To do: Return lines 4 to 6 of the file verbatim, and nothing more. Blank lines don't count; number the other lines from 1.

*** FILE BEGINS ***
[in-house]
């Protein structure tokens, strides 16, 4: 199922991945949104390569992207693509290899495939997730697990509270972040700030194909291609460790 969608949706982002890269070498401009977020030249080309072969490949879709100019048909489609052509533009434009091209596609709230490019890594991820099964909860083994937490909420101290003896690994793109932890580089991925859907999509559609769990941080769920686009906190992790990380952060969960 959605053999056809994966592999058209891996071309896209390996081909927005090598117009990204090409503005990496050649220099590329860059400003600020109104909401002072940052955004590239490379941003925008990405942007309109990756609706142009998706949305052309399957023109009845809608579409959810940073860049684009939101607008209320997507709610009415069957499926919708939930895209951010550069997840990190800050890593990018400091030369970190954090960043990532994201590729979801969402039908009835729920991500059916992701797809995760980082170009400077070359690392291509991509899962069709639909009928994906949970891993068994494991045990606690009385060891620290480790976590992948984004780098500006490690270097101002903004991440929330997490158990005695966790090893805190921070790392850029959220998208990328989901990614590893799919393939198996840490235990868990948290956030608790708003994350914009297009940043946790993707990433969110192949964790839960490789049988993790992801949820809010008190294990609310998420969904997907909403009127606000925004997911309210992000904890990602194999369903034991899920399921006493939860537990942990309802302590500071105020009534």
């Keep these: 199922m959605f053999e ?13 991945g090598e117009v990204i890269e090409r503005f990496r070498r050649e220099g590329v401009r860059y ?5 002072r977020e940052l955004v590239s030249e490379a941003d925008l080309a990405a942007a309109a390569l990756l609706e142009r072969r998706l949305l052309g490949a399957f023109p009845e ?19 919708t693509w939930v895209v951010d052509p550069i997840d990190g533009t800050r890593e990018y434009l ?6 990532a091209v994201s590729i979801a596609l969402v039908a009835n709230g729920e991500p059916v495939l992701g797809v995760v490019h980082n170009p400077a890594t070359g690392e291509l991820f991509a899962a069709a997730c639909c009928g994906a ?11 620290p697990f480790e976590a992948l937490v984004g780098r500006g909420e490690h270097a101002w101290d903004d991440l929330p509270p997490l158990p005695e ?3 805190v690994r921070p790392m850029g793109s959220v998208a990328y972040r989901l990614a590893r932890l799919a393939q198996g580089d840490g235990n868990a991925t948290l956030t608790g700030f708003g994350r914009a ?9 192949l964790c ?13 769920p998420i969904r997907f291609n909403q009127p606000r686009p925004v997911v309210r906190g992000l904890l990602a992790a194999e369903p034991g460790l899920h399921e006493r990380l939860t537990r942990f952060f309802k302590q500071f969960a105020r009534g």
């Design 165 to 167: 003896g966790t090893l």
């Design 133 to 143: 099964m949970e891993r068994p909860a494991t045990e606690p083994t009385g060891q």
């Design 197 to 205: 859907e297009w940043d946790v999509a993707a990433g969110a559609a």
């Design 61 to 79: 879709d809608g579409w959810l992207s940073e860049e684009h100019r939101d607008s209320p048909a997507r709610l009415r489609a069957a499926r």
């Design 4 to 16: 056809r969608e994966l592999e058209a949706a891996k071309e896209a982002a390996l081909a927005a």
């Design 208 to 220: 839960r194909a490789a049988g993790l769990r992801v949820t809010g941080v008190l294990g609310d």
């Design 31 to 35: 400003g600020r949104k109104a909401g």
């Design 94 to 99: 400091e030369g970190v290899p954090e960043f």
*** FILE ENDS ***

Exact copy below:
């Design 165 to 167: 003896g966790t090893l």
């Design 133 to 143: 099964m949970e891993r068994p909860a494991t045990e606690p083994t009385g060891q």
């Design 197 to 205: 859907e297009w940043d946790v999509a993707a990433g969110a559609a």